Genesinfluence the liability of substance and behavior addiction in twobroad ways. First, some genes influence addiction through effectsthat are specific to certain substances or drugs. According toAgrawal etal.(2012) genes that regulate the metabolism of psychoactive drugscauses effects that are specific to those substances. For example,the relationship existing between variants in ALDH2 (rs671) and ADH1B(rs1229984) and alcohol consumption is the direct cause of the effectof these SNPs on the metabolism of alcohol (Edenberg, 2007). ADH1Baffects the rate which alcohol is converted acetaldehyde while ALDH2reduces the rate of acetaldehyde to acetate. This leads to theaccumulation of acetaldehyde, which causes the flushing syndrome.This is a common occurrence among the Asian communities and it ischaracterized by dizziness, headaches, nausea, and facial reddening.The increase in social pressure in different countries (such as Koreaand Japan) has induced people with protective ALDH2 and ADH1B allelesto drink.

Secondly,some genes influence the liability to addiction through the generaleffect of externalizing behaviors, which include impulsivity anddisinhibition. This means that the effect of genetic liability tocertain addictive substances of behavior could be overlapping whereaddiction to a group of drugs has a shared hereditary influence. Forexample, a twin research conducted by Kendler, Jacobson, Prescott &ampNeale (2003) revealed that liability to cocaine and alcoholdependence has the same genetic vulnerability. This overlappinginfluences leads to a suggestion that some addiction liabilitiesarise from the relationship between certain genes and generalpredilection to some externalizing behavior. The shared hereditarypathways act as reflections of multiple processes, includingcompulsivity and impulsivity. For an instant, genes that influenceimpulsivity have a general impact on multiple dependencies becauseimpulsivity has many behavioral indices (such as conduct problems)that reduce its specificity (Agrawal etal.,2012). The dopamine reward circuit functions independently, but itcan act interactively with GABA-ergic and glutamatergic signaling toinfluence the development and persistence of addiction. This impliesthat there are genetic predispositions to addictive disorders thatthat are not specific, but bear similarities within a group ofsubstances.

Inboth cases, drug specific impact and the general effects, thepresence or absence of certain mid-region chromosomes along the DNAsequence is the key determinants of individual’s vulnerability toaddictive disorders. The improvement in precision and power ofgenetic mapping makes it possible to establish the associationbetween genetic markers (DNA sequences that are found in specificlocations in genome sequence) and phenotypic traits (Philibin, Wiren&amp Crabbe 2012). The co-occurrence of certain genetic markers withphenotypic traits is a suggestion that the gene in which the marketis located codes for the synthesis of gene products that increasesthe risk of predisposition. For example, the presence of a markerclose to serotonin 5-HT 1Breceptor is an indication of aggressive and impulsive geneticpredisposition to alcoholic addiction (Philibin, Wiren &amp Crabbe2012). This implies that the presence of chromosomal regions thatcontain allelic variants that induce addiction is the key determinantof whether an individual is genetically predisposed to the risk ofaddiction or not.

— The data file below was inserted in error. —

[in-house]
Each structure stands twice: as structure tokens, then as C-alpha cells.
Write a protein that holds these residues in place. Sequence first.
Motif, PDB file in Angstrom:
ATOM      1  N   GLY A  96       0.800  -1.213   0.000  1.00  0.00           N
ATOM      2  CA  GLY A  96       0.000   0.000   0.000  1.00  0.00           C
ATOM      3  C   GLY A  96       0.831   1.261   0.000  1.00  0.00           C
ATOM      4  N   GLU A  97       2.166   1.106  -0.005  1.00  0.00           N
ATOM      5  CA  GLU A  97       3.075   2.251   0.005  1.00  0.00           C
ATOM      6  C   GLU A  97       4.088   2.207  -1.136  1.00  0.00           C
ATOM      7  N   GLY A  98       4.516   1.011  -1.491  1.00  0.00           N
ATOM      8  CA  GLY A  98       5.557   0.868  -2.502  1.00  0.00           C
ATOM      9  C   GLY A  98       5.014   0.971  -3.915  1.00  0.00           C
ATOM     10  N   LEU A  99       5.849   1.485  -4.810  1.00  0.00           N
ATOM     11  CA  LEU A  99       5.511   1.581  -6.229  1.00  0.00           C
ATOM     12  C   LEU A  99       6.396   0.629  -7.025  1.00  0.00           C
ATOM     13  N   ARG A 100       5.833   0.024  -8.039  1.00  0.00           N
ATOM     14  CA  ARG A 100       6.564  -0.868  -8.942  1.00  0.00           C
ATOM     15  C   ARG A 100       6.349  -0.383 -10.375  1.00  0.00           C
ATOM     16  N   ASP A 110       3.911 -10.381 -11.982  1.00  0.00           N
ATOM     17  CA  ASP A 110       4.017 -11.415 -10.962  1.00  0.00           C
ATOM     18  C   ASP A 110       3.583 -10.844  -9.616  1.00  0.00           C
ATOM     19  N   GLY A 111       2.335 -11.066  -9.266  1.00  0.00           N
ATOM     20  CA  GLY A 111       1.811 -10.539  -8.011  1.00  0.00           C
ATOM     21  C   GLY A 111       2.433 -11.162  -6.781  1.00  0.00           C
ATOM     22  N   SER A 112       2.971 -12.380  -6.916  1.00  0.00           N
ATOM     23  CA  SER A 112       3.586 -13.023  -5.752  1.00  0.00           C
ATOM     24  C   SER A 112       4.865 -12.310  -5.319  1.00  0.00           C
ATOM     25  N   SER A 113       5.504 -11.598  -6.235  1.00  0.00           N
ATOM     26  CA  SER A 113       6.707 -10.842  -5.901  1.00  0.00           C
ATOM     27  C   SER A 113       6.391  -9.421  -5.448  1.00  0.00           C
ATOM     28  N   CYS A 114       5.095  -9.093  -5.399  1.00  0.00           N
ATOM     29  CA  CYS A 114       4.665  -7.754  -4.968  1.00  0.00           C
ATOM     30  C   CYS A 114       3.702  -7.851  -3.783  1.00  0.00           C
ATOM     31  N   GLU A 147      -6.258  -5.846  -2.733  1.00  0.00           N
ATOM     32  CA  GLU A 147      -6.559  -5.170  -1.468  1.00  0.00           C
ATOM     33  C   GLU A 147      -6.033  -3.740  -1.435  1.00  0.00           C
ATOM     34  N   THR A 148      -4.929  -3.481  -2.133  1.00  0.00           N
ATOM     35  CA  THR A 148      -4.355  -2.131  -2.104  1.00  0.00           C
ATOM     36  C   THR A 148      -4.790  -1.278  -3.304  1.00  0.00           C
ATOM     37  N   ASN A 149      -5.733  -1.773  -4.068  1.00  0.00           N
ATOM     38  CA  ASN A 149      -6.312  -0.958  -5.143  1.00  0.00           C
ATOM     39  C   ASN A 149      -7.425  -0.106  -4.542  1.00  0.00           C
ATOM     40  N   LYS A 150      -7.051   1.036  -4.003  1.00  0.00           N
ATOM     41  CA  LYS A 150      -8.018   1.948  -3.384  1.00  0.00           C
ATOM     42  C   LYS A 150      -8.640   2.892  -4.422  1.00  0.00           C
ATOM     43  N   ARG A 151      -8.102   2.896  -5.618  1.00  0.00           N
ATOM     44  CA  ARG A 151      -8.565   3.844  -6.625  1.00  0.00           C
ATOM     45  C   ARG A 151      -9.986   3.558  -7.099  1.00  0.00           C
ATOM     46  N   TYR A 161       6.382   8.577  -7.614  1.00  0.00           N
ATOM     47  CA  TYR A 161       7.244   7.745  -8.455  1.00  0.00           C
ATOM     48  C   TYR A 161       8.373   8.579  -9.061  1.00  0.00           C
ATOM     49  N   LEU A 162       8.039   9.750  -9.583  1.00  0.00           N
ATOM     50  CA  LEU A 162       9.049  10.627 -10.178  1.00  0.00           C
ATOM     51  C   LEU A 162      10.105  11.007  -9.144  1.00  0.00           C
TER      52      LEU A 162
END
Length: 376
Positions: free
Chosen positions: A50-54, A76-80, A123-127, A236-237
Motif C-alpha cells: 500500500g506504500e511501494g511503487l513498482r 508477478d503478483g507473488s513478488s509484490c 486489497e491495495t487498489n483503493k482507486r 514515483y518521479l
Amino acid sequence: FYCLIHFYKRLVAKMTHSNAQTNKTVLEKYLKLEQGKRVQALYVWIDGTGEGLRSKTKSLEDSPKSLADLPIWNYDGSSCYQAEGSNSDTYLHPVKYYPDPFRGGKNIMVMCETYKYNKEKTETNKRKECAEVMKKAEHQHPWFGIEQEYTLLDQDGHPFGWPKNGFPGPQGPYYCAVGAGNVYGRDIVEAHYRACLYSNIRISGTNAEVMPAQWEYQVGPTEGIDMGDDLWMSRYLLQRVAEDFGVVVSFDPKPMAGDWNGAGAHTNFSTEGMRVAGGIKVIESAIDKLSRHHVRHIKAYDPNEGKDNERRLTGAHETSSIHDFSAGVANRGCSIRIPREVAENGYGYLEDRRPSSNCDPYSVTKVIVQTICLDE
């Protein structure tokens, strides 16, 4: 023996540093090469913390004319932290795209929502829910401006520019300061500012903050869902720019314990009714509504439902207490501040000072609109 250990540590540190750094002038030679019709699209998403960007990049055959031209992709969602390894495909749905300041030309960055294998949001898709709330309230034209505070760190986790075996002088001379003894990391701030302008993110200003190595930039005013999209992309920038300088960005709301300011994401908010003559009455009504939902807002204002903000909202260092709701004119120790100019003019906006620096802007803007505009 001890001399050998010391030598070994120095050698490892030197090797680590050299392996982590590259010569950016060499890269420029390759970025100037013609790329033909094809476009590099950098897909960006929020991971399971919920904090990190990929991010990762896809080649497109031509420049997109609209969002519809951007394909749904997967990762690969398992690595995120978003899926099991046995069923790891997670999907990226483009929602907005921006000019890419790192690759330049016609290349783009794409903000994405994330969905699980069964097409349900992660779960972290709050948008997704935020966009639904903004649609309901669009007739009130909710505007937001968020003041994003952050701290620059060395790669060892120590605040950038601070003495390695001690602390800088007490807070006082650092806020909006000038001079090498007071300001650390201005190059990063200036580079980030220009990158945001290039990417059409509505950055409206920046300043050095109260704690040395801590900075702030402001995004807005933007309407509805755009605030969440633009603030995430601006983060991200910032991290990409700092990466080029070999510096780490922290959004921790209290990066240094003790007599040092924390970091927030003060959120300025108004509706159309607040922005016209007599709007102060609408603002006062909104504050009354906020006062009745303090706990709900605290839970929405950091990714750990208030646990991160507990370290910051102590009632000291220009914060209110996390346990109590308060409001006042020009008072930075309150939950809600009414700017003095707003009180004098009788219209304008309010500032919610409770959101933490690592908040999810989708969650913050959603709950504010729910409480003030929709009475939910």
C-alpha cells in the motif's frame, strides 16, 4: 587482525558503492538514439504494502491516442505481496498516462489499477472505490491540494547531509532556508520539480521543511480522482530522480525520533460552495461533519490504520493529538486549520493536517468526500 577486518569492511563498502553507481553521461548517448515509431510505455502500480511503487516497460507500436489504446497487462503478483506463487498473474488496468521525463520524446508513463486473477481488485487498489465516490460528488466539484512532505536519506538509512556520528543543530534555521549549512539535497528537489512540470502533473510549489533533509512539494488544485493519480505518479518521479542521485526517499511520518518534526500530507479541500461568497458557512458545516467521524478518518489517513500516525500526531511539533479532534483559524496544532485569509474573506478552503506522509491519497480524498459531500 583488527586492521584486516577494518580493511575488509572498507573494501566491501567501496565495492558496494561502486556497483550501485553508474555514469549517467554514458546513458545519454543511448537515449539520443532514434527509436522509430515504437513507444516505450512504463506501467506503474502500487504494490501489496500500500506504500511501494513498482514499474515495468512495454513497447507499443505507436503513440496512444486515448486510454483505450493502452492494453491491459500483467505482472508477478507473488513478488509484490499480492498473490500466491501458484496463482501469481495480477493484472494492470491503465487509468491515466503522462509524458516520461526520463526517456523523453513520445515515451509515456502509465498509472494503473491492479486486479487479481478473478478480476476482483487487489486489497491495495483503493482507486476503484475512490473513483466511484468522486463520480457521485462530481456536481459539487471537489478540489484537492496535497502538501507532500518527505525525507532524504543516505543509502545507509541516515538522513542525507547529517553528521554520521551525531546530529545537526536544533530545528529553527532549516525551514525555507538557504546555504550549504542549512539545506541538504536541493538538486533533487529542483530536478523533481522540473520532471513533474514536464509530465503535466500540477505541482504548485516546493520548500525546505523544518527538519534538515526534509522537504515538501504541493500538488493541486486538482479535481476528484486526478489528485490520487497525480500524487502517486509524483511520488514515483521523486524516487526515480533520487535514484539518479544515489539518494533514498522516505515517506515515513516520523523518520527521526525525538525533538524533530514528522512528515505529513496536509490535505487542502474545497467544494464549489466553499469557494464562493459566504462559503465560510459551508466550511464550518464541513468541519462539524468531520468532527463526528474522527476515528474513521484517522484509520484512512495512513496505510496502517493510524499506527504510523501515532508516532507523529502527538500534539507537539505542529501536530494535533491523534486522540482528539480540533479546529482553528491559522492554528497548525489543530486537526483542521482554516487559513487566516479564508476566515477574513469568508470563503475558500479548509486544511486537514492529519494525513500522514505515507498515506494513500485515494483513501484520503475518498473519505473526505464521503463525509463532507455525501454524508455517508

Heritabilityof substance use disorders

Aclear description of the mode in which addiction is inherited helpsin reducing the controversy of the heritability of addictivedisorders. However, the process of identifying functional loci andspecific genes that regulate vulnerability is challenged by differentfactors, including the presence of incomplete phenocopies, variableexpressivity, penetrance, interaction between gene and environment,epistasis, polygenicity, and genetic heterogeneity (Ducci &ampGoldman, 2012). These challenges can be reduced using various modelsthat explain the mode of inheritance of addictions. For example, theepistatic model shows that the combination of different geneticvariants is the key determinant of phenotypes, which leads to a highration of monozygotic (MZ) / dizygotic (DZ) concordance. This isbecause MZ twins have identical alleles while DZ twins shareapproximately half of all alleles. The gene by gene interaction isanother model that is used to explain the heritability of addictivedisorders, especially in the study of alcoholism. The gene by genemodel has revealed that the protective impact of missense variantsthat occur in ADH1B and ALDH2 are addictive (Ducci &amp Goldman,2012). These models help in the determination of specific locusvariants that can be passed on from parent to off springs. Addictivedisorders are inherited in the form of complex and common diseasesthat fail to show the prototype of Mendelian transmission. Thepolygenic model holds that the expression of a given disease in afamily or an individual requires a simultaneous inheritance ofnumerous genetic variants (Goldman, Oriszi &amp Ducci, 2006). Asingle hereditary variation, on the other hand, determines resiliencyand vulnerability because it is insufficient to induce diseaseexpression. The concordance ratio of monozygotic to dizygotic is usedto determine whether the disorder is polygenic or not.